- Treatment and care should take into account people’s needs and preferences. People with dissocial personality disorder should have the opportunity to make informed decisions about their care and treatment, in partnership with their healthcare professionals. If the person is aged under 16, healthcare professionals should follow the guidelines in ‘Seeking consent: working with children’.
- If the person agrees, carers (who may include family and friends) should have the opportunity to be involved in decisions about treatment and care. Families and carers should also be given the information and support they need.
- Substance abuse
- Accidental injury
The disorder used to be thought of as lifelong. However, a growing body of research suggests that positive changes can be seen over time. Many patients no longer meet the diagnostic criteria for the condition after a decade. It is acknowledged that the condition is difficult to diagnose and that misdiagnosis may be partly to blame for this ‘improvement’ but it is also considered that many patients do respond to therapeutic interventions. Core characteristics such as lack of empathy do not lessen but evidence suggests that patients develop more control over their impulsivity and cultivate a sense of responsibility.
The incidence of dissocial personality disorder is reduced during times of war and in many Asian cultures. This suggests that social cohesion and an emphasis on communities rather than individuals are significant preventative factors. Families or carers are thus important in prevention and treatment of dissocial personality disorder. NICE suggests that services should establish robust methods to identify children at risk of developing conduct problems and that vulnerable parents could be identified antenatally. For example, identifying:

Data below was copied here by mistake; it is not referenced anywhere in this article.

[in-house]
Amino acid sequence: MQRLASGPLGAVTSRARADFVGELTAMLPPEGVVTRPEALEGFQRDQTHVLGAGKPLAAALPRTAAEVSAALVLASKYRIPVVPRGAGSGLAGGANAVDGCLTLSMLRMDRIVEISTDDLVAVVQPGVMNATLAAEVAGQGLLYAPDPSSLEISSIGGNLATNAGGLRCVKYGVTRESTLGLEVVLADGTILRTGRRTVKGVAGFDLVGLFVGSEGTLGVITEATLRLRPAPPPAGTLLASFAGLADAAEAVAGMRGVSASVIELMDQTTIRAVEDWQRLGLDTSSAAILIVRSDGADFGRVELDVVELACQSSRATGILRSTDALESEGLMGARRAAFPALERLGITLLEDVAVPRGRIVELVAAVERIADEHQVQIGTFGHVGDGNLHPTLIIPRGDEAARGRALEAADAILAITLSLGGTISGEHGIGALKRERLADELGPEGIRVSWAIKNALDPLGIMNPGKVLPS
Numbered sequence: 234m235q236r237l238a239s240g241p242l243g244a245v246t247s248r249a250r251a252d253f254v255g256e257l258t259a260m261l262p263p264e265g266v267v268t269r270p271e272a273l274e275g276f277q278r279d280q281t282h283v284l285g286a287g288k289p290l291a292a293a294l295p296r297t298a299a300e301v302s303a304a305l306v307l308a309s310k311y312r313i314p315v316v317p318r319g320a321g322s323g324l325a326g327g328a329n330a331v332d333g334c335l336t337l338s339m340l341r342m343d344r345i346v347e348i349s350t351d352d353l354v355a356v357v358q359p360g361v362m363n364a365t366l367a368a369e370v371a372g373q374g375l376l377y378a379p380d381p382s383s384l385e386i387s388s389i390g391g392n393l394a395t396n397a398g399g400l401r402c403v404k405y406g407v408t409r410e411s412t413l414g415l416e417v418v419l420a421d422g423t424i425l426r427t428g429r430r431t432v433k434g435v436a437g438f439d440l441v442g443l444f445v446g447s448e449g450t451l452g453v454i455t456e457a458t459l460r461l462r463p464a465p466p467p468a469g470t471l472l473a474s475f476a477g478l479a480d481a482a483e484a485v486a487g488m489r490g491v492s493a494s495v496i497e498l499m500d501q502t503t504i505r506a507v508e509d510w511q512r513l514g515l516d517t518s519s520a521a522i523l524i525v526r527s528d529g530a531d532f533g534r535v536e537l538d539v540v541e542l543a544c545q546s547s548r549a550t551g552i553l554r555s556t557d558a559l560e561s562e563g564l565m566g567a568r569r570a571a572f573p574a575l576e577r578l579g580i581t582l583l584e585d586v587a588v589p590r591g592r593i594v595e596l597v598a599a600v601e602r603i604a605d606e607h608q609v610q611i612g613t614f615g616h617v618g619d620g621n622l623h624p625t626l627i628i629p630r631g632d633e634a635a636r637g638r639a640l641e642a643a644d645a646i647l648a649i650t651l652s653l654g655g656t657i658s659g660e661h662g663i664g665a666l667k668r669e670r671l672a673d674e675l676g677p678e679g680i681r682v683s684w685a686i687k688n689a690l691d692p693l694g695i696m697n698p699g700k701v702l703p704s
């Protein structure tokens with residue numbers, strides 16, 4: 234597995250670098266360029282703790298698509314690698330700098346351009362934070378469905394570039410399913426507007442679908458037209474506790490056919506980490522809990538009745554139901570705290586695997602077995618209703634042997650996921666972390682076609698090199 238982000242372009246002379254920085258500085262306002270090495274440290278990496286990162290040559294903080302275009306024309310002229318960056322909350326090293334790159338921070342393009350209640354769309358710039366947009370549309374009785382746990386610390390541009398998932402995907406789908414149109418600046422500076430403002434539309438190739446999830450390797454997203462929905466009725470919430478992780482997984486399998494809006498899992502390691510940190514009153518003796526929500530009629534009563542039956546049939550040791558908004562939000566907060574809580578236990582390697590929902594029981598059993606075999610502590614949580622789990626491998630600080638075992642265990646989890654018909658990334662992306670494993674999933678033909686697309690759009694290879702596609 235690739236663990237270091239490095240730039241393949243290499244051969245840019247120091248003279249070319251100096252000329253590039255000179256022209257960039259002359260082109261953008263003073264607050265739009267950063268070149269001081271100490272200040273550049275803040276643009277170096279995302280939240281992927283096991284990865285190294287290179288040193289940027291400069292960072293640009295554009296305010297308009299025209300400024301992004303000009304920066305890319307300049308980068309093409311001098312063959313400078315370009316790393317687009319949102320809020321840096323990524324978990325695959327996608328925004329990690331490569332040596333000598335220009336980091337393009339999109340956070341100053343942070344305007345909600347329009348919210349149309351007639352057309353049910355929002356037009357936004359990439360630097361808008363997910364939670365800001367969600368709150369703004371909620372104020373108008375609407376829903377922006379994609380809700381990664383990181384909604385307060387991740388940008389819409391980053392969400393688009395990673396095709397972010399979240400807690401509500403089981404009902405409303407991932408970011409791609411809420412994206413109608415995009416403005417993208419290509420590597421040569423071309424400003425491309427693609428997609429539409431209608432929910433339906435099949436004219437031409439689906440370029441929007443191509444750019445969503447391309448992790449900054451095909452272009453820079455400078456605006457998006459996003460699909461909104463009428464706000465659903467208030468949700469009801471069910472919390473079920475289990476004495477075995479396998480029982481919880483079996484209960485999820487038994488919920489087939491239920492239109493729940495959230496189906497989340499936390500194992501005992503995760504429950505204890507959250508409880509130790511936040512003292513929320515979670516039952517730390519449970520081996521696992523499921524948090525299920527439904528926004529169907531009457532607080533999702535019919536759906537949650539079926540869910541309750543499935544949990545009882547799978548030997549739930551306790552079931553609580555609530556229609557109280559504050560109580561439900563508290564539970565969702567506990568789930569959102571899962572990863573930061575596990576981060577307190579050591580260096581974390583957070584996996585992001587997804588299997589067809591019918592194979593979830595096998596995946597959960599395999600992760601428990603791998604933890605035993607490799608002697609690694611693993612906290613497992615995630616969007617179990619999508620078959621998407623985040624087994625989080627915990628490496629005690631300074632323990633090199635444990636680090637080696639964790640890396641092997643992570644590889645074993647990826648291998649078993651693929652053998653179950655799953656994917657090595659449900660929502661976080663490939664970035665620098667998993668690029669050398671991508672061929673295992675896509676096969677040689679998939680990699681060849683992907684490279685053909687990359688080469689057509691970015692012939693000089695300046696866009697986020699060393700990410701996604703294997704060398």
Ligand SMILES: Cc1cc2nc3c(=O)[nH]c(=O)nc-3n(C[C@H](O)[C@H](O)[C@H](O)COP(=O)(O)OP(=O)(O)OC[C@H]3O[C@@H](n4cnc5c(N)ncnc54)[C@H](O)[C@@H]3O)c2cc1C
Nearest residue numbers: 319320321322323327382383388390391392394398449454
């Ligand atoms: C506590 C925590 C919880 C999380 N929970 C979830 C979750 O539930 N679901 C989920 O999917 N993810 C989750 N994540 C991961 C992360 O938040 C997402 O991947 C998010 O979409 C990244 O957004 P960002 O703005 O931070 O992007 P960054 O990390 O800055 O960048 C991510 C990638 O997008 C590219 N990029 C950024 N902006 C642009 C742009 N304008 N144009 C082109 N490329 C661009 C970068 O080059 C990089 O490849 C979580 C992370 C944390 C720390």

- Parents with other mental health problems, or with significant drug or alcohol problems.
- Mothers aged younger than 18, particularly those with a history of maltreatment in childhood.
- Parents with a history of residential care.
- Parents with significant previous or current contact with the criminal justice system.
The interventions employed after identification of at-risk parents are many and varied according to the problems identified and the age. Examples include:
- Parenting courses
- Anger management
- Cognitive problem solving
- Family therapy
- Multi-systemic therapy
- Multidimensional treatment
- Foster care